What to do with lovage – tips from broadcaster Judith Hann

Tried and Supplied’s founder, Domini Hogg, brought me some lovage last weekend. How intriguing! Ever since my interview with Judith Hann (See Lovage And Chervil, Discovering Some Unusual Herbs with Broadcaster and Gardener, Judith Hann) I’ve been longing to try some.

What does lovage taste like?

And she’s right about lovage, it’s a wonderful herb, a sort of cynical, not-to-be-messed with elder brother to celery with a strong, spicy, bitter flavour of its own, slightly curry, slightly parsley, perhaps a touch of aniseed. The parsley and celery notes are not surprising since all three plants are members of the Umbelliferae botanical family, but lovage’s taste is stronger than both its siblings.

What can you do with lovage?

  • toss young leaves into salad
  • use to stuff chicken or fish before roasting or baking
  • take the tender, young leaves and stem from the centre of the plant, steam, and serve as a side alongside chicken, or fish
  • over prawns or scallops
  • shred the leaves over carrots, peas, and broad beans
  • mix with peas, lettuce, and cucumber to make a summer soup
  • stir into omelettes or scrambled eggs or quiches
  • it’s good with Swiss chard or spinach
  • Judith told me that, teamed with onion and garlic, it brings main crop potatoes alive
  • it’s grand with new potatoes and a mustardy vinaigrette; or olive oil, salt and lemon; or in the Saucy Dressings’ invention given below, with peas and preserved lemons. New potatoes don’t need quite such heavy handed treatment as main crop.
  • I was recently treated to lunch at Claridge’s by a very generous friend. We sampled a baby beetroot salad with tempera-ed lovage… a wonderful pairing!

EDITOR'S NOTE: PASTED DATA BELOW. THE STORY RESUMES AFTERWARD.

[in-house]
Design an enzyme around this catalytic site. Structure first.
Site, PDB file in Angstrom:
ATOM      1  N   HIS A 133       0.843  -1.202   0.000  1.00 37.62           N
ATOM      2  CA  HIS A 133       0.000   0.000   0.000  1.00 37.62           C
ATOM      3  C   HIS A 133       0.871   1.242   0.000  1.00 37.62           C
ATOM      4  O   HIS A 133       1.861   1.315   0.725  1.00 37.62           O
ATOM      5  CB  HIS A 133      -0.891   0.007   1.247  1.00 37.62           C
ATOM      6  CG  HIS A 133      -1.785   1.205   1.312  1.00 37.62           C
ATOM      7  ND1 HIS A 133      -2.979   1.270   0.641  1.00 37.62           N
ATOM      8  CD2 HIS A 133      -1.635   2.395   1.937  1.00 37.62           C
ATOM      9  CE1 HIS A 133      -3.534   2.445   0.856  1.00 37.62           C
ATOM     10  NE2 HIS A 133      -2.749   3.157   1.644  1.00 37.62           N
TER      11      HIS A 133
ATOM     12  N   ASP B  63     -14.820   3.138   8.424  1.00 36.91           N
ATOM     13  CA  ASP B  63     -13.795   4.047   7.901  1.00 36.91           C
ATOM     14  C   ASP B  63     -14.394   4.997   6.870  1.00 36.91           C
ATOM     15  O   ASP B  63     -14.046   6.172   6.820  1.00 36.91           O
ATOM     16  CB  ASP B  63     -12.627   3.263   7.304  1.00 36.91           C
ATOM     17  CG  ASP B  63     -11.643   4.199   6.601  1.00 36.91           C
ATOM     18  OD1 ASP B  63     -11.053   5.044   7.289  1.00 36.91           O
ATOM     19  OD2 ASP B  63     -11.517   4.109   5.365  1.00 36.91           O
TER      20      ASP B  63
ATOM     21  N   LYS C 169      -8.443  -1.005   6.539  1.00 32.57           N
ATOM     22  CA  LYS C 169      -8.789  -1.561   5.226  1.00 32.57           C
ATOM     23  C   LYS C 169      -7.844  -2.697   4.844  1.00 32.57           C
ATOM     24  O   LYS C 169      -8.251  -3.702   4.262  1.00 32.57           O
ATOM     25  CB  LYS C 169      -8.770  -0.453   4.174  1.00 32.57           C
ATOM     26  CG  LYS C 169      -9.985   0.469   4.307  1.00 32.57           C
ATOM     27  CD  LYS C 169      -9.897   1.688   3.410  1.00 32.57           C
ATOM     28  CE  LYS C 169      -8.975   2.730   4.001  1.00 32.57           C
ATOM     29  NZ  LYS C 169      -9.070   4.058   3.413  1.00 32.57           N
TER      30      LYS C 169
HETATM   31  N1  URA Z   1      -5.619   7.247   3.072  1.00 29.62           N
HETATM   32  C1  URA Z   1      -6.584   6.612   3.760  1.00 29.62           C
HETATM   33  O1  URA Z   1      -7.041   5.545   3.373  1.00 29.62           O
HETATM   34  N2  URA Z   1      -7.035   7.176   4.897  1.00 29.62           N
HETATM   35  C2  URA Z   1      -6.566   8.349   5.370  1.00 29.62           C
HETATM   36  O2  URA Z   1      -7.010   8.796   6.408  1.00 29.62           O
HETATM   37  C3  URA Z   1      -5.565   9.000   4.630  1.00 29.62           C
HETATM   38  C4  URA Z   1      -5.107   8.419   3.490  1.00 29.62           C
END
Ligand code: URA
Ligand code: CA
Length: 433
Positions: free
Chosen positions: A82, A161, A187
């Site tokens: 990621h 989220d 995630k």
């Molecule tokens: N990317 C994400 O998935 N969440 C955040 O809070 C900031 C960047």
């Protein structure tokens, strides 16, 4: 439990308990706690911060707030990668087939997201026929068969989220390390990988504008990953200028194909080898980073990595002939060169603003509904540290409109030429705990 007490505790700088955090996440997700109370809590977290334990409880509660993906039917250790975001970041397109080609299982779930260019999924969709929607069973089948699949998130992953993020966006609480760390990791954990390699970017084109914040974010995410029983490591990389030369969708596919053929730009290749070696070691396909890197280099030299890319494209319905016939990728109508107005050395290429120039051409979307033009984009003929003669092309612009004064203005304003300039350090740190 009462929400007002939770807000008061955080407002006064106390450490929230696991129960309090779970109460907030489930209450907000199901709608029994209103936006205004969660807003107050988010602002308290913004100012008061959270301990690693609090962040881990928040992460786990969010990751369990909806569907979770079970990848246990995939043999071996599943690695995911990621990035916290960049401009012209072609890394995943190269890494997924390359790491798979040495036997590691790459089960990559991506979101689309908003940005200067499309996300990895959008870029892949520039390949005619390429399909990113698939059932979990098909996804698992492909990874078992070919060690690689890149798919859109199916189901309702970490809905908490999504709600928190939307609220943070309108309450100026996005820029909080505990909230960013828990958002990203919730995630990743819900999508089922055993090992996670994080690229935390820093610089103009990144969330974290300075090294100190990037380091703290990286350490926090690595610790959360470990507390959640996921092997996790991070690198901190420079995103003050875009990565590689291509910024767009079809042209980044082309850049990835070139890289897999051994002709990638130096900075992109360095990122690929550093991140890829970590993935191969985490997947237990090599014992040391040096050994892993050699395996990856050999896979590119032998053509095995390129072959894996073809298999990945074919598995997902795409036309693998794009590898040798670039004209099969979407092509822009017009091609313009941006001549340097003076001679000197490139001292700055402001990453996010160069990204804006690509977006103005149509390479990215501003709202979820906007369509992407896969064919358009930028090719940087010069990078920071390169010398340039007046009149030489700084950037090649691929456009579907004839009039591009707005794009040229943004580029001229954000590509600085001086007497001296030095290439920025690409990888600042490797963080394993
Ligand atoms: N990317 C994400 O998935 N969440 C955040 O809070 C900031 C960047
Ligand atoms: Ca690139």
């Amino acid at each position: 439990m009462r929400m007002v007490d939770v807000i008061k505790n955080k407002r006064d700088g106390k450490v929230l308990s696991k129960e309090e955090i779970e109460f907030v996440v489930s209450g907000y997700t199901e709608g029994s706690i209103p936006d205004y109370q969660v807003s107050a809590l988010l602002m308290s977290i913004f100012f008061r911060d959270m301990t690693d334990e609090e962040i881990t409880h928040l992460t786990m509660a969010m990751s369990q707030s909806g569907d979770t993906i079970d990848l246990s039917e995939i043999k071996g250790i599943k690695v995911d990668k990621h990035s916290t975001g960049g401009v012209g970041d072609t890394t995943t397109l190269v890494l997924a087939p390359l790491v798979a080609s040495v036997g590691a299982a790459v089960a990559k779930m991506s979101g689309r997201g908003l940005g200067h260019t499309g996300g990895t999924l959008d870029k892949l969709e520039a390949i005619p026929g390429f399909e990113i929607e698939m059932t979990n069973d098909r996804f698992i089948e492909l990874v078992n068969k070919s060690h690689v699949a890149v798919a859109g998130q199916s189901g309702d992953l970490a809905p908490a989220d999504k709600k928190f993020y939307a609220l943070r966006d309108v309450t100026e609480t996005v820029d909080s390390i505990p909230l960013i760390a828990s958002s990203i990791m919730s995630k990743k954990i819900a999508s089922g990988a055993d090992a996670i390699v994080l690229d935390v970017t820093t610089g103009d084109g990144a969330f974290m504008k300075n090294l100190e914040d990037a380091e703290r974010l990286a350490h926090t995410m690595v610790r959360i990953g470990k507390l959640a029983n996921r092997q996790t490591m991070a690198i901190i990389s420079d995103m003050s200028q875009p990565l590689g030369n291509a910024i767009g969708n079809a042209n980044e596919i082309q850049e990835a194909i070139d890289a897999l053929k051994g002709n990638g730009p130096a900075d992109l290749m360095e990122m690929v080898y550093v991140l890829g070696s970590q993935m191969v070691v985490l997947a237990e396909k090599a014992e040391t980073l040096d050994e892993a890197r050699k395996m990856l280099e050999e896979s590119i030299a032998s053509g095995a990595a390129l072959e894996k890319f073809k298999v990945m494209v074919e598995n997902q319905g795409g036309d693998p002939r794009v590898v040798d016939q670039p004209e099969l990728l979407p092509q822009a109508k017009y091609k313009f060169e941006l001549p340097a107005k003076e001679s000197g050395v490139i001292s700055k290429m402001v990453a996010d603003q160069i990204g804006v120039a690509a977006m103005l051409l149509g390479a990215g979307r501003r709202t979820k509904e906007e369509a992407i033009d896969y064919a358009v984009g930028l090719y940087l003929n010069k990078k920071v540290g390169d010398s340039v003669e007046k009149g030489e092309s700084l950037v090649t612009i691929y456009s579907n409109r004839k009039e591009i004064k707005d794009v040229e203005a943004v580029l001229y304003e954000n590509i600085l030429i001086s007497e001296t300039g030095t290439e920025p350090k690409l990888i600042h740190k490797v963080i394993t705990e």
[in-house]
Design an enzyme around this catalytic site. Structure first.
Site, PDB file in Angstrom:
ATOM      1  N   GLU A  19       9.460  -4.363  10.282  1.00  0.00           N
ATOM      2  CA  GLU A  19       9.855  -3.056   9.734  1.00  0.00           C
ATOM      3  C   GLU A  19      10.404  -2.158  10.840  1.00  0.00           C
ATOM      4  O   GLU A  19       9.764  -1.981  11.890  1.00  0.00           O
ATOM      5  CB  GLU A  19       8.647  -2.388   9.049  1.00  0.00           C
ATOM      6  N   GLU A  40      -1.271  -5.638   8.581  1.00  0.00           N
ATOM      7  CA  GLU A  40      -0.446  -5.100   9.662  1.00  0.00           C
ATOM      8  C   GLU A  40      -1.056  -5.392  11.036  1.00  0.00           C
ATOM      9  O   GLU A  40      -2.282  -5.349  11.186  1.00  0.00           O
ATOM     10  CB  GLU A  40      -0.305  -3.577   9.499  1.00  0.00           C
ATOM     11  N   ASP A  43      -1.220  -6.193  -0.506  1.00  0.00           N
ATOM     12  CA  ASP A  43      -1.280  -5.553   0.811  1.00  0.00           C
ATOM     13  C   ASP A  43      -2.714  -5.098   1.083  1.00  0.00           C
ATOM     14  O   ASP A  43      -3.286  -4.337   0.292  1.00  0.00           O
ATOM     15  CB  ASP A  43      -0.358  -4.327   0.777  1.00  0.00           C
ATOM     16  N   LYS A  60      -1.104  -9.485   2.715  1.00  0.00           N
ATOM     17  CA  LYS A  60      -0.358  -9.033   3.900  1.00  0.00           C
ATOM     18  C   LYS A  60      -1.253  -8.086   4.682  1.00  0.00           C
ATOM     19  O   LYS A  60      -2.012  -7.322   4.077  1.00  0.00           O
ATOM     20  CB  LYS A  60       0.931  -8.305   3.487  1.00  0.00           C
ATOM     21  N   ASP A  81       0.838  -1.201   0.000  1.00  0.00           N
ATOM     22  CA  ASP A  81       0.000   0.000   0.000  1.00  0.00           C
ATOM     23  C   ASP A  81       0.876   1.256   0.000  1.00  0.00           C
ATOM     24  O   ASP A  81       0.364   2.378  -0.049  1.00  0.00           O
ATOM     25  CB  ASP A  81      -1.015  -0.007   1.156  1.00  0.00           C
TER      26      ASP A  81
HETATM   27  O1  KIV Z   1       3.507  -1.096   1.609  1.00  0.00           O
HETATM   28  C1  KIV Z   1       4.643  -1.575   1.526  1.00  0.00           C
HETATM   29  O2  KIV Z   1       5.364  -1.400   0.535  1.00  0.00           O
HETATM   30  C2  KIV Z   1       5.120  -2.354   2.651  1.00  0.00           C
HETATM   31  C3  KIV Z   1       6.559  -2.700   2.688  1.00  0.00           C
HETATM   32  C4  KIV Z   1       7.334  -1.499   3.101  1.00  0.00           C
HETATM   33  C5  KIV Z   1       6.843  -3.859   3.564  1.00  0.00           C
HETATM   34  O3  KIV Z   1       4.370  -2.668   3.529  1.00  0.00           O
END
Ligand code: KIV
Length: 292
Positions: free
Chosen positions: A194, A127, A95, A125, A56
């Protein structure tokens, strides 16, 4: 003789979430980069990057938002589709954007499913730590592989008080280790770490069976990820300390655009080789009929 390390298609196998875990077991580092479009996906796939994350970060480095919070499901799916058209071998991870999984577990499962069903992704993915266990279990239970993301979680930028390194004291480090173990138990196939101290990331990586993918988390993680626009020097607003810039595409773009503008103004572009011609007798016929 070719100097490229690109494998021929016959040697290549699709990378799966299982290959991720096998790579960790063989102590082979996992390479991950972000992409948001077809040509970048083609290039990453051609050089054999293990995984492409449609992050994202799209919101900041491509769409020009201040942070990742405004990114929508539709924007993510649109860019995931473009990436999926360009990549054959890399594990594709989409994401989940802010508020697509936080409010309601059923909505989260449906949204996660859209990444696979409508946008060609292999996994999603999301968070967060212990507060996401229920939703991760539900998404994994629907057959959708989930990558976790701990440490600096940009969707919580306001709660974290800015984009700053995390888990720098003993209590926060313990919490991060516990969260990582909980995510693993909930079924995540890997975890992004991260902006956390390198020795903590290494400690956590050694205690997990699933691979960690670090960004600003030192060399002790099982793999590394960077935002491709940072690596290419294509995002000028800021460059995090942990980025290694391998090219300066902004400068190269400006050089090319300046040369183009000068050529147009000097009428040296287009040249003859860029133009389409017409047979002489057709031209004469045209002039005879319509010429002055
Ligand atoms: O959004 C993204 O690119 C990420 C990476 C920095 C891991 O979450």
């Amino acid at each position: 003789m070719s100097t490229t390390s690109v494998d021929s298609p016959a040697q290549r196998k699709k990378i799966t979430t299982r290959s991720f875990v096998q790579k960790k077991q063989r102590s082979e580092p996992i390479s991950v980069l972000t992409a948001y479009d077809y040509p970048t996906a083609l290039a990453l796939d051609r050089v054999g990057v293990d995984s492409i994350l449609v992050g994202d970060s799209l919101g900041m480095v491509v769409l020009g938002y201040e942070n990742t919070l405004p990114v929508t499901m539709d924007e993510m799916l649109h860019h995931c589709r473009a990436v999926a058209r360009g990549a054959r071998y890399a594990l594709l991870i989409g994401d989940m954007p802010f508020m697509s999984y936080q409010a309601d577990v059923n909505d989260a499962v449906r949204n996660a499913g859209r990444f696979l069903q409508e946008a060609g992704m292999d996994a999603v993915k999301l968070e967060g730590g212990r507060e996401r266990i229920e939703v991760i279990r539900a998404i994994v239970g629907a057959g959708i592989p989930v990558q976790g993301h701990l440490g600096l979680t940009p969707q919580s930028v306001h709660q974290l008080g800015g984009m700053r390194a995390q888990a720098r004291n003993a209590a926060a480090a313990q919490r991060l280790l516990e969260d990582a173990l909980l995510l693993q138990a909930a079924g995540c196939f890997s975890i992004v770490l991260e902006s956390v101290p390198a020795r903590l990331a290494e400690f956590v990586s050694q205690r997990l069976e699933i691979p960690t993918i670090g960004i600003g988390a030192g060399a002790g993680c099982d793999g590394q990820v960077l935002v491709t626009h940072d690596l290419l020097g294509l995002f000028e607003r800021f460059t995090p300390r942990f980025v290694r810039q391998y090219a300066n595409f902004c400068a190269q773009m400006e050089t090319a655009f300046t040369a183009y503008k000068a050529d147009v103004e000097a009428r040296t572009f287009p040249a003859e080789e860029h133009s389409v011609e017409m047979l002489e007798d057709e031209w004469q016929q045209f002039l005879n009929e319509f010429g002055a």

Baby beetroot with tempura-ed lovage leaves at Claridge’s… marriage made in heaven!

You can also use the hollow stems as sustainable straws for summer drinks…. from cucumber-flavoured water, to a full-blown Bloody Mary.

What can you substitute for lovage?

If you can’t find lovage, you can substitute with a mix of parsley and celery. Or, if you want a more definite taste, you could try coriander.

Where can you buy lovage plants?

You can buy lovage from Norfolk Herbs.

Recipe for new potatoes with pea and preserved lemon sauce; and lovage

These potatoes go well with a tomato salad and either white fish, or lamb.

Covered, they will keep warm in the oven for an hour or so.

Serves 4


  • 300g/2 cups frozen peas
  • 30g/1 oz lovage leaves (or coriander)
  • 1 small preserved lemon
  • ½ a fresh lemon
  • 80 ml/⅓ cup olive oil
  • A few knobs of butter
  • Maldon salt and cooking salt
  • Urfa or Aleppo chilli flakes
  • 750g/1 lb 10 oz new potatoes


  1. If you are lucky enough to have laid your hands on some Jersey Royals, put them in a saucepan, cover them with cold water and a generous amount of table salt and bring to the boil. Simmer for about 15 minutes. Follow this link for more information about cooking Jersey Royals.
  2. Bring another (enamel, to take the stick blender) pan of water to the boil and blanch the peas for a minute or so. Drain.
  3. Return to the saucepan.
  4. Cut the preserved lemon into small pieces, get rid of the pips, and add to the peas. Add most of the lovage, saving a few leaves for garnish.
  5. Zest the half lemon, add to the peas. Then squeeze in the juice. Add the olive oil and some salt.
  6. Blitz the lot with the stick blender.
  7. When the potatoes are done drain them, and return to their pan. Pour over the lemony pea sauce. Stir to coat the potatoes and slightly crush some of them.
  8. Serve the potatoes, with the remainder of the lovage snipped over them, and a dusting of Urfa or Aleppo chilli flakes.
potatoes with lovage recipe
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